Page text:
WASHINGTON, DC (NV) – AARP recently hosted an online discussion titled “AARP #StopAsianHate Discussion: Protecting Older Adults in Our AAPI Community With Data” to address issues related to hatred. hatred towards Asians from a data perspective, August 25, the organization’s press release said.
The event includes a presentation by research experts on the latest survey findings relevant to the AAPI 50-Plus community, followed by a panel discussion on topics such as the impact on the mental health and wellness of the COVID-19 pandemic on older AAPIs, self-reporting of hate crimes against AAPIs, and the impact of hate on AAPI women over 50.
Guests in the panel discussion included: Ms. Drishti Pillai, research director, National Asian-Pacific American Women Forum (NAPAWF); Mr. Russell Jeung, co-founder of Stop AAPI Hate; and Ms. Van Ta Park, professor in the Department of Public Health Systems at UCSF.
The panel discussion was led by Ms. Daphne Kwok, deputy director of the Asian-Pacific American community at AARP.
Debra Whitman, AARP’s deputy general manager and director of public policy, delivered welcome remarks and shared the importance of segregated data to the AAPI community. Ms. Whitman oversees AARP Research. The organization is addressing two of the main issues surrounding AAPI community research: The lack of AAPI community research and the challenges surrounding research methods.
“Data is a powerful tool for telling impactful stories. However, the chronic lack of data on AAPI communities prevents us from telling a comprehensive story,” Ms. Whitman said. “Separate data is extremely important because it gives us insights beyond the general population and helps us understand what is really happening in every community. AARP has been committed to including more data about AAPI communities in our studies.”
COMPASS survey table
The discussion began with Dr. Van Ta Park. She presented key findings from the COMPASS nationwide online survey. This is an abbreviation for the phrase “The Impact of COVID-19 Survey on Mental Health and Well-being of the Asian-Pacific American Community.”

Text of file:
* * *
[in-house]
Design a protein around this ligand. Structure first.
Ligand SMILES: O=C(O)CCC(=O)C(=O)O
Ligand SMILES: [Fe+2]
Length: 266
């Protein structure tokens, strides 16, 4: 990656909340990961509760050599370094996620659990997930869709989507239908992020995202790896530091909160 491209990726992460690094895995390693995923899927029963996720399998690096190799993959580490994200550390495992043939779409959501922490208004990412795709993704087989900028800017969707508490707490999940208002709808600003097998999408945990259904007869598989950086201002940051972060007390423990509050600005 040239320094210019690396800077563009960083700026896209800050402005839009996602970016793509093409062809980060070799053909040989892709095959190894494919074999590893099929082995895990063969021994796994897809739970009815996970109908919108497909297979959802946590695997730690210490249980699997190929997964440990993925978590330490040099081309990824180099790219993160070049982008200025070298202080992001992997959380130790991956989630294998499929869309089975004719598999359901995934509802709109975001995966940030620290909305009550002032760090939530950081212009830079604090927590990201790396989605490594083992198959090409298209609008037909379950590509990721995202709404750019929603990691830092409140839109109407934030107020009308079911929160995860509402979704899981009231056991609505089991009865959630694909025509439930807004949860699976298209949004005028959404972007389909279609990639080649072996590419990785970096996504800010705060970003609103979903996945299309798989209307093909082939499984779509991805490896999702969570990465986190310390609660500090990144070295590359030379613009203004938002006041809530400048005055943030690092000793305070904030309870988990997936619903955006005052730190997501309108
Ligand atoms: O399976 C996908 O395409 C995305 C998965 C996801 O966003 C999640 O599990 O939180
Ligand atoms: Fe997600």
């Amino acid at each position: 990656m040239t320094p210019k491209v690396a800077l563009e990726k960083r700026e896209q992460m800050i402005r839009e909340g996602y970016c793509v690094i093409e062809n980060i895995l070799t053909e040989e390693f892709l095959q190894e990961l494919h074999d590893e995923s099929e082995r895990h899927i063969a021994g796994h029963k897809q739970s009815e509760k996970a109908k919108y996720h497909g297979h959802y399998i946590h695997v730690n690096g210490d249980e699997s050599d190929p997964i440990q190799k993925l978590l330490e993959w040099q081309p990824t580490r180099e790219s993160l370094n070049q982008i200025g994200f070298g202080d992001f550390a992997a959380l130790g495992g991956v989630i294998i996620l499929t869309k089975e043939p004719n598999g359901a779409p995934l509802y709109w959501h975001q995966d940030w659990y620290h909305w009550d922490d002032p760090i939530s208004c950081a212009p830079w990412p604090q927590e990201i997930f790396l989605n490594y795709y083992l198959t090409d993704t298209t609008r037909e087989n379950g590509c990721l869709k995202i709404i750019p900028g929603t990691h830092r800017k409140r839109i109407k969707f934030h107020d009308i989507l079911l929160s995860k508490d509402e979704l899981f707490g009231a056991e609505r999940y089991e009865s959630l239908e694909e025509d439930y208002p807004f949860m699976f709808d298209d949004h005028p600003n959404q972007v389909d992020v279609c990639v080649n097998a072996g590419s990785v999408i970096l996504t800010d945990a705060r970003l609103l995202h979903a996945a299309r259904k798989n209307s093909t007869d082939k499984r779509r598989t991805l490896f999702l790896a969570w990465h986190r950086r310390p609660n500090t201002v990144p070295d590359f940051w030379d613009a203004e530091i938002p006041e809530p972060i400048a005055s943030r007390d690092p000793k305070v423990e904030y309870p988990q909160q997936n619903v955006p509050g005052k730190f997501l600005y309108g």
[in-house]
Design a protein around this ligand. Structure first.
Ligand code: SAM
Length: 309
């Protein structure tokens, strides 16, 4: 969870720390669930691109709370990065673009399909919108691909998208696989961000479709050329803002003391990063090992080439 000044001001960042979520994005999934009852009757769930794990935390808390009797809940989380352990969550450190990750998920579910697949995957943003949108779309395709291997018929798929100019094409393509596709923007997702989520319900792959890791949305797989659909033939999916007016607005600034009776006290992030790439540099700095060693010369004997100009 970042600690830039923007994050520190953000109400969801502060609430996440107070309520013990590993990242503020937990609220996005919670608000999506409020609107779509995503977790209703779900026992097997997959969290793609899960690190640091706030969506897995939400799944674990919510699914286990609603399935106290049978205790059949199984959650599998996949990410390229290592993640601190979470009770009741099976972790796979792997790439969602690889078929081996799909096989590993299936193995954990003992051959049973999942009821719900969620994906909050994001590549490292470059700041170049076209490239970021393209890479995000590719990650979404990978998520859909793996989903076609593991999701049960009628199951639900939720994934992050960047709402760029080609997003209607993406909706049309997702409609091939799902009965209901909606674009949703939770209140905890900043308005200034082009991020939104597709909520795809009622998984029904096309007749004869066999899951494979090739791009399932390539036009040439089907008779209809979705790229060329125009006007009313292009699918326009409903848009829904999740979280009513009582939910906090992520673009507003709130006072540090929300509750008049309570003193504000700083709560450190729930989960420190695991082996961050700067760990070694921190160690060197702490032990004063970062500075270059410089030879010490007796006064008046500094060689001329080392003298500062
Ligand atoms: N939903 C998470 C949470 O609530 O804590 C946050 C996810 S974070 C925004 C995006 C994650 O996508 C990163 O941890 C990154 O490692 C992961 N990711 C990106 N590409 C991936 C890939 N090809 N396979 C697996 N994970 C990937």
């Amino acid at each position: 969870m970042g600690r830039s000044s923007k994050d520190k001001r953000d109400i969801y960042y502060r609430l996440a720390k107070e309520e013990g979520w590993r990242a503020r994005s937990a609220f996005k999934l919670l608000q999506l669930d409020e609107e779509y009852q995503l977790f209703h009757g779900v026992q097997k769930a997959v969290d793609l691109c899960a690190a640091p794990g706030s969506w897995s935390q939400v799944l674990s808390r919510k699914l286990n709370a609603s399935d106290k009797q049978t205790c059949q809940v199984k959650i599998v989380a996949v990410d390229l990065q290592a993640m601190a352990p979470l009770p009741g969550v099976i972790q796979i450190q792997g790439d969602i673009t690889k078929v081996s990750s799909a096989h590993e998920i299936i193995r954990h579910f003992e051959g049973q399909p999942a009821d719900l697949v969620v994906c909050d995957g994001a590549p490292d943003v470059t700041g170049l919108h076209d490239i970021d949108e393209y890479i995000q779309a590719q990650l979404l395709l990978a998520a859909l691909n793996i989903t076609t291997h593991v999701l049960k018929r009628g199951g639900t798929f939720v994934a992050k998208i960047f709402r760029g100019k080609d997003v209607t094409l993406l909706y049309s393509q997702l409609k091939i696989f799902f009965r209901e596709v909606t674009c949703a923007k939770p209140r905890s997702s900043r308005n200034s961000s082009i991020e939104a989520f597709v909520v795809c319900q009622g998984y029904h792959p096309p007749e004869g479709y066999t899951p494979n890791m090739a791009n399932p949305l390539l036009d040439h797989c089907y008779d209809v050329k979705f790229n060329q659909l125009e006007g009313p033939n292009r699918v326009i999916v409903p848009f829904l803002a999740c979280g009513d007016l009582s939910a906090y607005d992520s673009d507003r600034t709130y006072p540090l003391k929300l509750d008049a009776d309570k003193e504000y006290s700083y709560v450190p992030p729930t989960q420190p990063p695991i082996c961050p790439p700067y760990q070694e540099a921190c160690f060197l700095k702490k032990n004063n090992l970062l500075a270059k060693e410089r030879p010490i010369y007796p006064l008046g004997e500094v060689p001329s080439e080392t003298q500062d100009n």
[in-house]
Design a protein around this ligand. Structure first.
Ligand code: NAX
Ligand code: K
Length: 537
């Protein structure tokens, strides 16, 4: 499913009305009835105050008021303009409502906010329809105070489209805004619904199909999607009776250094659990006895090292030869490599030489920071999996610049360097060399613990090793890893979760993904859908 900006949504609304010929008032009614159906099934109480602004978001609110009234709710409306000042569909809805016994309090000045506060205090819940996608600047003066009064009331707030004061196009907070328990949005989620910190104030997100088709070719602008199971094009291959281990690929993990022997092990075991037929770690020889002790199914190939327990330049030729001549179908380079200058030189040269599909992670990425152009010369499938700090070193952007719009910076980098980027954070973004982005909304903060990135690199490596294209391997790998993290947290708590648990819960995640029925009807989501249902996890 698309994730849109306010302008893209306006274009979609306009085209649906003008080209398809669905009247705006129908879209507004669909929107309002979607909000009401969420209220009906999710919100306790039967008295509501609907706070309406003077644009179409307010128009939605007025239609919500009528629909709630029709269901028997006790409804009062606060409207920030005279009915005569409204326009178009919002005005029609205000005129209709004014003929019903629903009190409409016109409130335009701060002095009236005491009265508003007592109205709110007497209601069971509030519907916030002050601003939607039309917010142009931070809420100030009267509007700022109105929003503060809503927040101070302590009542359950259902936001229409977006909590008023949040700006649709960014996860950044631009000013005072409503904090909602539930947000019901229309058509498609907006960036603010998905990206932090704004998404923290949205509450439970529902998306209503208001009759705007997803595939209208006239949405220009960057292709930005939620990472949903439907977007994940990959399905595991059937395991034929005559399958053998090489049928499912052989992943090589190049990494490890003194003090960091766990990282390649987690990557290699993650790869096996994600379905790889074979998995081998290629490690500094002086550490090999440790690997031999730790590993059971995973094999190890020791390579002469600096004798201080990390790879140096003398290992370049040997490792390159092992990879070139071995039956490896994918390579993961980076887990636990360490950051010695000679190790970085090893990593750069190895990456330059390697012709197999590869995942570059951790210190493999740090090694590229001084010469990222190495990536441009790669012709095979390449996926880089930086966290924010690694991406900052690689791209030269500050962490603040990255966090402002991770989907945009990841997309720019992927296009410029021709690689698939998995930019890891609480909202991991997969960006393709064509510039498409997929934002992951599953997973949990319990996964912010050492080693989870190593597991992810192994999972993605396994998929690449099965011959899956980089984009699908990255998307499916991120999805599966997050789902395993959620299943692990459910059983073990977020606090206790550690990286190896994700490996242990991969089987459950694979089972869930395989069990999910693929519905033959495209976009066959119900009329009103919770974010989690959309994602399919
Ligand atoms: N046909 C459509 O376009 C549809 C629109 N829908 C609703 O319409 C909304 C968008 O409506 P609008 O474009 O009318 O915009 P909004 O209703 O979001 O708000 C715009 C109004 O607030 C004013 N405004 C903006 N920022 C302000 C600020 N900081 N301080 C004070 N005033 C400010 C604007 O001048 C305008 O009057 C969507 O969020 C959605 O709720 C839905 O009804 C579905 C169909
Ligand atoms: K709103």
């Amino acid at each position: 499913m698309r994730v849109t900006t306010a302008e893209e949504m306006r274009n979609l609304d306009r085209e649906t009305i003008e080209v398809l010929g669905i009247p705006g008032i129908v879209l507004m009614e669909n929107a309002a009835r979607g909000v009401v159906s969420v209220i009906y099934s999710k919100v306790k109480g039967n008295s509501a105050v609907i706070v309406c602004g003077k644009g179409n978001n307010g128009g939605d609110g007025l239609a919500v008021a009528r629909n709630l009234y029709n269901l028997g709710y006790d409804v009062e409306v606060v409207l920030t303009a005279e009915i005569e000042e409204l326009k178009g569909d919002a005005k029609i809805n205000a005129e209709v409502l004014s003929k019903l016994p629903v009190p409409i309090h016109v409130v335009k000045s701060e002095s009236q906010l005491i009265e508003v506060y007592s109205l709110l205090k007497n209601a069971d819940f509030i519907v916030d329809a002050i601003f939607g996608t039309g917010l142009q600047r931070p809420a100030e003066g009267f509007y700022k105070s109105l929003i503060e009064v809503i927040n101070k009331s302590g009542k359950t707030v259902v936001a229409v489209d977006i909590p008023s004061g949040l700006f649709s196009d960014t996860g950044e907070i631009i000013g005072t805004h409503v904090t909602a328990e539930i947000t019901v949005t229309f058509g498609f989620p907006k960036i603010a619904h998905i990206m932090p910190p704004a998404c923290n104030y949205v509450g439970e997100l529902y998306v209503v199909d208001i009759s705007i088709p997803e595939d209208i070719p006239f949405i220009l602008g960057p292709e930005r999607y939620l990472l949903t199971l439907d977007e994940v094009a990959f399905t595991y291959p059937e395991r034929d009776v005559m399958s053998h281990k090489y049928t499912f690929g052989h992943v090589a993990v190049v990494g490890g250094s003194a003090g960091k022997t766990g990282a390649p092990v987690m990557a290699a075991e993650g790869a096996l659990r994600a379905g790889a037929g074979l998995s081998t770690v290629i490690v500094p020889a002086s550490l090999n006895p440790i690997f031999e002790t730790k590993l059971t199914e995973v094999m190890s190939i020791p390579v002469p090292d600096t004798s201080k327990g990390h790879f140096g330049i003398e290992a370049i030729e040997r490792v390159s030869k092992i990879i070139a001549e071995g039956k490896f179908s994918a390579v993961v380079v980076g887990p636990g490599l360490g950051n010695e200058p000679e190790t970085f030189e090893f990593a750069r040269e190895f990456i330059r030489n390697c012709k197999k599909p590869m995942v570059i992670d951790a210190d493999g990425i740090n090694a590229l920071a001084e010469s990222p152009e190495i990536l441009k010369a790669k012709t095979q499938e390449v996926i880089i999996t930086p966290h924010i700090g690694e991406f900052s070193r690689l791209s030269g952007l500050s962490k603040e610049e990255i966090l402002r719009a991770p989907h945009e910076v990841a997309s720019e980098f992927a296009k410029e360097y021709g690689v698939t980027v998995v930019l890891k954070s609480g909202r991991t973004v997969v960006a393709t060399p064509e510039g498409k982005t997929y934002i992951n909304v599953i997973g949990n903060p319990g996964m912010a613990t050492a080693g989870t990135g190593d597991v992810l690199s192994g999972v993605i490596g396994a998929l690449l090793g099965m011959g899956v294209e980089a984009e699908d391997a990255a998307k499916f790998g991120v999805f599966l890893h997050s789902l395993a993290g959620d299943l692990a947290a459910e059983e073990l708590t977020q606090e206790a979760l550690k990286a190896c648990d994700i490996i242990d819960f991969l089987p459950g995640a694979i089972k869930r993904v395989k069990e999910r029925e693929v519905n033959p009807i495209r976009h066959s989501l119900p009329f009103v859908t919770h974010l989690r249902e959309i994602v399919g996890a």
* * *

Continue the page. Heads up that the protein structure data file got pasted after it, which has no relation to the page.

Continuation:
Based on the results of the COMPASS survey, almost half of the participants (47.1%) were 50 years of age or older. Dr. Park highlighted alarming findings surrounding racial stigma and bias related to the COVID-19 pandemic, such as:
In the stigma findings: 60% of all survey respondents said they experienced discrimination within the past six months, coinciding with the pandemic. In addition, when asked about how the COVID-19 pandemic has changed their lives, 41% of people (34.1% of older AAPI adults) said they experience increased racism (from mild to severe).
-In findings on racial bias related to the COVID-19 pandemic: 59% of respondents (44.7% of whom are 50 years of age or older) believe the country is becoming more dangerous for their ethnic group.
Dr. Park states that discrimination is related to behaviors and abuses, while racial bias is related to beliefs and judgments that form or are associated with prejudices.
National survey “Stop AAPI Hate”
Mr. Russell Jeung, started his presentation by sharing a story of Asian Americans over 65 years old on social media last year and telling about their experience with racism. Mr. Jung wanted to encourage attendees to put themselves in the shoes of those who reported because “They [những người AAPI lớn tuổi] recognize the abuse when it happens to them and they want it to stop… they want a voice.”